And for our friends in Louisiana, savor Mardi Gras for us.
My friend Celia Whitler is a songwriter and a storyteller, and like me, travels around doing her best to spill the light. She once told me about leading a women’s retreat on Mother’s Day. Apparently, it troubled a few women, who made their dismay all too clear. “Oh my, Celia, you are missing being with your family and on Mother’s Day.”
Celia told me, “After about the tenth comment, I was like okay, enough already.
So, I said to them, ‘This is bothering you a whole lot more than me. When my boys get in the car tomorrow, we’ll play, and really every day is Mother’s Day for me.’ One woman looked at me like I had lost my mind. And for a second, I believed the lie. I believed that my life as a mother should look like all these other woman’s lives. But that’s wrong; my life should not look like theirs, it should look like mine. So, I will celebrate all that it is, and all that it’s not, and God will make up the difference!”
I like this story. Because it is about the permission to care, to be here now. To be front and center in this moment (regardless of what it brings).
Yes. When we let go of overload (or closure or “certainty” or life in a box), we allow grace to embrace this self, in this moment. My Oh My.
True, we all carry that fusion (or muddle). Meaning that there is stuff we carry that brings delight. And there are a few things that bring regret. Maybe that’s the weight: an expectation that I am to be somebody other than who I am today. Isn’t that something, how this weight hooks us. And we assume that our value is conditional; all about some need to satisfy (measure up or pass muster).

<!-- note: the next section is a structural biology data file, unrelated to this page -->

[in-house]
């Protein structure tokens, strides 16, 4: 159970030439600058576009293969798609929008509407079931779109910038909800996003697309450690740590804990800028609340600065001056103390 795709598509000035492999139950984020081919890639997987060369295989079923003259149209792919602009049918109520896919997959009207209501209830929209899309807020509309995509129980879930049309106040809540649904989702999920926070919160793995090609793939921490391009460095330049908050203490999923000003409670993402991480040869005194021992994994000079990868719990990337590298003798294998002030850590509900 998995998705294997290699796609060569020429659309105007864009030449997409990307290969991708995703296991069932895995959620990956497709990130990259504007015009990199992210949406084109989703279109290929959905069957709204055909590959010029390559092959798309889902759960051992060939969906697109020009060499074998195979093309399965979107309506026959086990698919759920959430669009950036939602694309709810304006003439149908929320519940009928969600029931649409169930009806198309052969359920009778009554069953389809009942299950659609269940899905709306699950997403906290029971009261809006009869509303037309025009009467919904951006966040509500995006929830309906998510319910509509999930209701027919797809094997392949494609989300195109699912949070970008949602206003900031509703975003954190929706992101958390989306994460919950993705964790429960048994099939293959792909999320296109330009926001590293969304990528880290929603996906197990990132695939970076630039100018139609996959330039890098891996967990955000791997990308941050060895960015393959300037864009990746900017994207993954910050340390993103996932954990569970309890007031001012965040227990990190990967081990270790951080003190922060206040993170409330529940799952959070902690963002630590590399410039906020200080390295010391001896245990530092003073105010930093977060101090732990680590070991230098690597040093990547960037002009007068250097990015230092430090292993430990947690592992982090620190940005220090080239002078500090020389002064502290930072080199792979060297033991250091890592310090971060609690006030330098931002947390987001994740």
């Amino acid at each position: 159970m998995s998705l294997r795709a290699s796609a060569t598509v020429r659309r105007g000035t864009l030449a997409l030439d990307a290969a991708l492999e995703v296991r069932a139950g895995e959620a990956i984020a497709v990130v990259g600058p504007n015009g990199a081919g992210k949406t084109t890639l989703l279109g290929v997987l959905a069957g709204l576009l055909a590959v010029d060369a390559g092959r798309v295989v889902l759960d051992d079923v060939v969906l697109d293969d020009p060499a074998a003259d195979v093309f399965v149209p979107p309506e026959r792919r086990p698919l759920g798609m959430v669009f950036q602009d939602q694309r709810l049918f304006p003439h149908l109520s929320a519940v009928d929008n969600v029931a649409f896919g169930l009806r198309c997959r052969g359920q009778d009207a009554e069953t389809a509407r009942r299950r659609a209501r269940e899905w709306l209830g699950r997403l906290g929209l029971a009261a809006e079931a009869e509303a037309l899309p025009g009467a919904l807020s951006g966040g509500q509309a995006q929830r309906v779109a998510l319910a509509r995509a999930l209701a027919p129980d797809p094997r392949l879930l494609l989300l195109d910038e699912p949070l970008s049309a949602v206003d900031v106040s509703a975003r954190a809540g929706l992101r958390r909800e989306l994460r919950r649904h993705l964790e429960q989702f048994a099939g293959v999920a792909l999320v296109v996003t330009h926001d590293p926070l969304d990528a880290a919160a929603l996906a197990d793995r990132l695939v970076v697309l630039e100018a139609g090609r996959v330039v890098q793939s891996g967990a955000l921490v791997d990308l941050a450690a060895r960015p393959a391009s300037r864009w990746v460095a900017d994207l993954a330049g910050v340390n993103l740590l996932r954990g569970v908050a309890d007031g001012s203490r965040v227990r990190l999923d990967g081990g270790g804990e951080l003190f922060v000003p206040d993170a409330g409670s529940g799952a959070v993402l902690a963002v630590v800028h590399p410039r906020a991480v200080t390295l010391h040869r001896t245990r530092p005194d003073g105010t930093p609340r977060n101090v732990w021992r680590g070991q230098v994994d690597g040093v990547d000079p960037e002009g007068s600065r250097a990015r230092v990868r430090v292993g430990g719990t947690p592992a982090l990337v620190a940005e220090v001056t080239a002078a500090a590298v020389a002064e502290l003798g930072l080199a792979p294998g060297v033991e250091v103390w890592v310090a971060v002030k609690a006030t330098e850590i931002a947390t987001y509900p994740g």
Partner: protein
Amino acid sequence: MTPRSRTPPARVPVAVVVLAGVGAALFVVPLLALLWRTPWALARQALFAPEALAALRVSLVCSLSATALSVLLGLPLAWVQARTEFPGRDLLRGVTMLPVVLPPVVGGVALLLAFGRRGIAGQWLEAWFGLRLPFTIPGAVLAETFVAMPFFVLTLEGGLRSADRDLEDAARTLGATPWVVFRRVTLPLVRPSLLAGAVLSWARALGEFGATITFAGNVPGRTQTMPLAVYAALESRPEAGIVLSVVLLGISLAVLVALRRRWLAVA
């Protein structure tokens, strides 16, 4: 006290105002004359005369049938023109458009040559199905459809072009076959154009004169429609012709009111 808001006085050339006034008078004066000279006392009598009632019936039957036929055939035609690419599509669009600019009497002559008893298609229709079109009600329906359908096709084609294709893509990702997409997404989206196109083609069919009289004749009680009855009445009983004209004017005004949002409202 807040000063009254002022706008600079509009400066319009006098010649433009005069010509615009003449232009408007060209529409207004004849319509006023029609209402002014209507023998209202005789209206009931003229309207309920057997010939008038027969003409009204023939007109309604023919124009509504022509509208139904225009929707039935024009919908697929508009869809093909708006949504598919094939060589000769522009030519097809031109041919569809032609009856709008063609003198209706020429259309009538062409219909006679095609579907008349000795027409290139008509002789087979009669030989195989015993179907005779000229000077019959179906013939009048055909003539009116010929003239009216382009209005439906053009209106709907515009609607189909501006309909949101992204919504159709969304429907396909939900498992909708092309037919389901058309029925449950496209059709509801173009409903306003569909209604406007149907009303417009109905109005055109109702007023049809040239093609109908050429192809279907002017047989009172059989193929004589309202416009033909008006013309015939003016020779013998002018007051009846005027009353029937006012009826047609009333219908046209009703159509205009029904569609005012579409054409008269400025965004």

Can it be true that I am loved, or am somebody, only because I keep the rules, or play the role, or worry about what others think?
If that is the case, then this weight means that I am no longer free:
To risk, or try.
To live unbridled.
To live soft hearted.
To show mercy.
In the morning, off very early for So. Cal. Will be in Anaheim this weekend for the Religious Education Congress. My topic Saturday morning 10am, The gift of enough. The presentation will be live streamed. You can find it here.
Oh, and today, first blooms on Tete-a-Tete (buttercup yellow dwarf daffodil). I’m smiling real big.
I’m writing this from Anaheim, CA.
And today’s Daily Dose will be a brief one.
It is simply this: I’m grateful to be here.
With an early morning flight, I woke in the middle of the night to a surprise snowstorm. And the conditions for driving were blizzard like. Not good.